Land and People of Greenland
Greenland, an island northeast of Canada, is an integral part of the kingdom of Denmark, and the largest island in the world. Australia is larger, but it is classed as an "island continent."
Greenland, which is roughly wedge-shaped, has an area of about 840,000 square miles (2.2 million sq km). More than two-thirds of the island lies north of the Arctic Circle. Cape Morris Jesup, in the broad Peary Land region of northern Greenland, is about 440 miles (710 km) from the North Pole. Cape Farewell, at the southernmost point of the Greenland "wedge," is almost exactly on the 60th parallel of latitude, as are Oslo, Norway, and Stockholm, Sweden.
Four-fifths of Greenland is covered by an ice cap; taking into account the smaller glaciers, more than five-sixths of the land is buried beneath ice. The perimeter of the island consists mainly of ice-free mountains, through which glaciers flow in deep valleys to the sea. The only extensive ice-free land surfaces are in the southwest, the far north, and some localities in the northeast.
For many years Greenland was a forgotten land; exploration by Europeans has been relatively recent. Although the island is a part of Denmark, scientific exploration has been conducted by many countries. Foreign-operated air bases are permitted. Greenland enjoys a measure of home rule, but its defenses and its foreign policy are administered by Denmark. Ambitious education, health, and welfare schemes have resulted in an increasing population, particularly in centers where there are schools and fishing stations. Godthaab (Nuuk), the island's administrative center, has a population of more than 13,286, and several towns have populations above 1,000. Four-fifths of the people now live in towns. Only in eastern Greenland can traditional Eskimo (Inuit) settlements be found.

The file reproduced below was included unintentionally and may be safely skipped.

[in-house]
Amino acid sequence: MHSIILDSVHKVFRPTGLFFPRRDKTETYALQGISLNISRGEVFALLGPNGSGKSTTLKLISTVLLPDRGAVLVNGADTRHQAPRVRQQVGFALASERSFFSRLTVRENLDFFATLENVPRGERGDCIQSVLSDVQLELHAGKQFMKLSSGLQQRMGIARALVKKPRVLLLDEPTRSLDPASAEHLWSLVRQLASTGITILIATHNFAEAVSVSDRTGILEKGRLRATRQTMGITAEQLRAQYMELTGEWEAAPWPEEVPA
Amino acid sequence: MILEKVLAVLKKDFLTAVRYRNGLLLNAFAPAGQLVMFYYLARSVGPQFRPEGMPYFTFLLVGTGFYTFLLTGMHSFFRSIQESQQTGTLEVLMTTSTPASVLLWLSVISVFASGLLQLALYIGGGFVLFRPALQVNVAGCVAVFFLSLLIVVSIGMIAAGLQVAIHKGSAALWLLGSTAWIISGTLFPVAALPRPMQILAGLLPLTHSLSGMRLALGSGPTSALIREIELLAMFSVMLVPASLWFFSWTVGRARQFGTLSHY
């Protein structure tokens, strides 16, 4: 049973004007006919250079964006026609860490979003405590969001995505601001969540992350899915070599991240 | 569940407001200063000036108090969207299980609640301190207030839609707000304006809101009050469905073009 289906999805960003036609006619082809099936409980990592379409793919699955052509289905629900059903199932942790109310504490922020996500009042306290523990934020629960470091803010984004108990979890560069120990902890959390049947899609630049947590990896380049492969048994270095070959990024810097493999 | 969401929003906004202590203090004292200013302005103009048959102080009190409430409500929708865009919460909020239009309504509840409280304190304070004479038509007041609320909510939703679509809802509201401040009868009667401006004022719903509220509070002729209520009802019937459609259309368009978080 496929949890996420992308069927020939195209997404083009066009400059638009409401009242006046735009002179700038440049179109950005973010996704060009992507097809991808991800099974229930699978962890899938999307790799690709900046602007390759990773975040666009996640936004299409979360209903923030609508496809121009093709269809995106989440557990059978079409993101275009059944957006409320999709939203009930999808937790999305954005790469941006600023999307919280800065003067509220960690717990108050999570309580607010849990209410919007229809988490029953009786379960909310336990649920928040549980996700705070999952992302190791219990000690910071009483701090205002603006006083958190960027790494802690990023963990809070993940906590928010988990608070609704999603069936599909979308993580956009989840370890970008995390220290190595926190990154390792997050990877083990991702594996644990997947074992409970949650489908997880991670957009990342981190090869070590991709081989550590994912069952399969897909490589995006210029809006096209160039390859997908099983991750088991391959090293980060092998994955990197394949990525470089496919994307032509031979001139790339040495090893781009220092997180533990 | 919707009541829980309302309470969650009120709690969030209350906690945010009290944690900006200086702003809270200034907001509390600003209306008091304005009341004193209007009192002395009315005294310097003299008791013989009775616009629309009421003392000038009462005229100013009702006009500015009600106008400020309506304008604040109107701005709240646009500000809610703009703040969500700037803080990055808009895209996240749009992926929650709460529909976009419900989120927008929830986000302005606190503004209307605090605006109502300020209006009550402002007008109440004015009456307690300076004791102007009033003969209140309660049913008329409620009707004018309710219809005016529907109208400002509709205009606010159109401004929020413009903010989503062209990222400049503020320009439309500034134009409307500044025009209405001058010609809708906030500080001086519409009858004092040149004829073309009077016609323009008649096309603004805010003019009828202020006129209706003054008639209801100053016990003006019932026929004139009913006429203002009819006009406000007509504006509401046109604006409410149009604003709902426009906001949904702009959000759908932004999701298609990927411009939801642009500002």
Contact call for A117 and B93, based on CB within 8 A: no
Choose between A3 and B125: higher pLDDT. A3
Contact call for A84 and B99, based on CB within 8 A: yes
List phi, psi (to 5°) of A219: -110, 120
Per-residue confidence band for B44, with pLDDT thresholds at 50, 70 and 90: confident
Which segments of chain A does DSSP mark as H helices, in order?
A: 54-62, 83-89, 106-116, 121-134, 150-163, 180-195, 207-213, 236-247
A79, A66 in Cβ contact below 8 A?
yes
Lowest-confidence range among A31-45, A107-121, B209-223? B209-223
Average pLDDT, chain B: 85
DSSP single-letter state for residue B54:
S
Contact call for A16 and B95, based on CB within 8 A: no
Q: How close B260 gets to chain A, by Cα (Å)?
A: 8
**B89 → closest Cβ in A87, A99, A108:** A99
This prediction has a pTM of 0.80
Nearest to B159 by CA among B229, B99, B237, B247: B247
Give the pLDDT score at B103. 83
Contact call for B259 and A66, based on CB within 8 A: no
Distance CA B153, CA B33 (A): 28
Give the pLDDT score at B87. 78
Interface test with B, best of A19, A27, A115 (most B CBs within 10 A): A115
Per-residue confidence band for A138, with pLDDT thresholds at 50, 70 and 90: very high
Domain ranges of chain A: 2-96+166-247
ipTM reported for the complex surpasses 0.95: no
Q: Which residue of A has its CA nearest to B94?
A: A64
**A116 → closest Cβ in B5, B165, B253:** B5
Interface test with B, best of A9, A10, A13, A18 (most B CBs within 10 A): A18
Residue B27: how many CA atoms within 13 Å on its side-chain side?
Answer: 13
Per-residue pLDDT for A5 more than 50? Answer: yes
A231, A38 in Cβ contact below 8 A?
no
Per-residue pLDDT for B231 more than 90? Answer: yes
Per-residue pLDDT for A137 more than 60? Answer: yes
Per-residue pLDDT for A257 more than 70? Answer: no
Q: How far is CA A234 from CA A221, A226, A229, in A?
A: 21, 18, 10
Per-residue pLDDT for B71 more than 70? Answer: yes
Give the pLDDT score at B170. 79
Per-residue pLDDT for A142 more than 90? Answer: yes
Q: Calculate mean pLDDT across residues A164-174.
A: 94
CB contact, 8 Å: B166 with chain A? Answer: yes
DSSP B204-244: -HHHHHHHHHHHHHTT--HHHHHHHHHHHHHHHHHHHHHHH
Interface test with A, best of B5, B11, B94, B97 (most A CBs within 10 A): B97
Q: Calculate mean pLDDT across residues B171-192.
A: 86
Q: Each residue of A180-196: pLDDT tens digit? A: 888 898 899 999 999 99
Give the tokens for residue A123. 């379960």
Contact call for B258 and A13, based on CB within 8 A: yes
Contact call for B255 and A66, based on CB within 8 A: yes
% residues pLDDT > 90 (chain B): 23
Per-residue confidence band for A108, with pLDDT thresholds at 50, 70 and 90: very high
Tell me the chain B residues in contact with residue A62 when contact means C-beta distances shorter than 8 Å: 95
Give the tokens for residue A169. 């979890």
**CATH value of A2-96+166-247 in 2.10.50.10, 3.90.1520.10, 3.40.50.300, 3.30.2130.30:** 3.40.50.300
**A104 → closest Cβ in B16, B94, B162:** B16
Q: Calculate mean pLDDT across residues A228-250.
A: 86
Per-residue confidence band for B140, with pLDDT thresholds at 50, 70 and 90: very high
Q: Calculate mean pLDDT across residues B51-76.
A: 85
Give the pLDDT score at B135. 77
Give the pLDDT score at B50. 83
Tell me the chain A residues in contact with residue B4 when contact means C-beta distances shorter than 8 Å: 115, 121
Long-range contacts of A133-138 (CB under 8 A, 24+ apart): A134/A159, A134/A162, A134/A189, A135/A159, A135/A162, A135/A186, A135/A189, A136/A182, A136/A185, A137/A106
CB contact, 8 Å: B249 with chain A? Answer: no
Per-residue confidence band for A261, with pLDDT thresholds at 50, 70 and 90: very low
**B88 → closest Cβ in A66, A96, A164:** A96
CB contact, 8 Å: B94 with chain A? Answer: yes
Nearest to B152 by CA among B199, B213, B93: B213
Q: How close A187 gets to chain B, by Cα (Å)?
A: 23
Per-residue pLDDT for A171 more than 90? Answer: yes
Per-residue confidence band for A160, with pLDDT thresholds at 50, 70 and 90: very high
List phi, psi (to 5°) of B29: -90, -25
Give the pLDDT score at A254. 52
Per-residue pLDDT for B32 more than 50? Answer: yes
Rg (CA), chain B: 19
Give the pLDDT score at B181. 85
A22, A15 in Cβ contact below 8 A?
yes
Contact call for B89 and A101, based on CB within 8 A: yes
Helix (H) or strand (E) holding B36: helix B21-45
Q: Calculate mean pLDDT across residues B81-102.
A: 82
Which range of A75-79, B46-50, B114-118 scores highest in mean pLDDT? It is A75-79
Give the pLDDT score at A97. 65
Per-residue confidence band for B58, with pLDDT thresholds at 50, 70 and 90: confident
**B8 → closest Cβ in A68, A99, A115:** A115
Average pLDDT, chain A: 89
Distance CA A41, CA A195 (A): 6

Although both Eskimo and Europeans were living in Greenland by the 11th century, the two groups were culturally very different. There seems to have been little contact between them and little intermarriage. When Hans Egede established his mission (1721), he found about 7,000 Eskimo in settlements along the west coast, and intermarriage with Europeans was becoming common. Today, most inhabitants of the southern part of the country show physical traces of many different ethnic groups. Indeed, with their special ethnic background and Greenlandic language (which includes many Danish words), they call themselves Greenlanders rather than Eskimo.
From 1774, when the Danish government operated a trade monopoly, until 1951, Denmark tried to protect the Greenlanders and help them develop a strong native culture and economy. The population rose from 6,000 inhabitants in 1805—the first census taken in Greenland—to 33,000 in the early 1960s and an estimated 56,326 in 2008. Of these all but 4,000 live in west and southwest Greenland.
In areas dependent on hunting the population is scattered in small settlements over long stretches of coast. Elsewhere the population has concentrated in the largest settlements. The native population speaks Greenlandic, but Danish is taught in all schools. The first missionary work in Greenland was undertaken by the Moravians. Since 1900 the Lutheran Church of Denmark, supported by a state grant, has been the established religion. For ecclesiastical purposes Greenland is under the bishop of Copenhagen.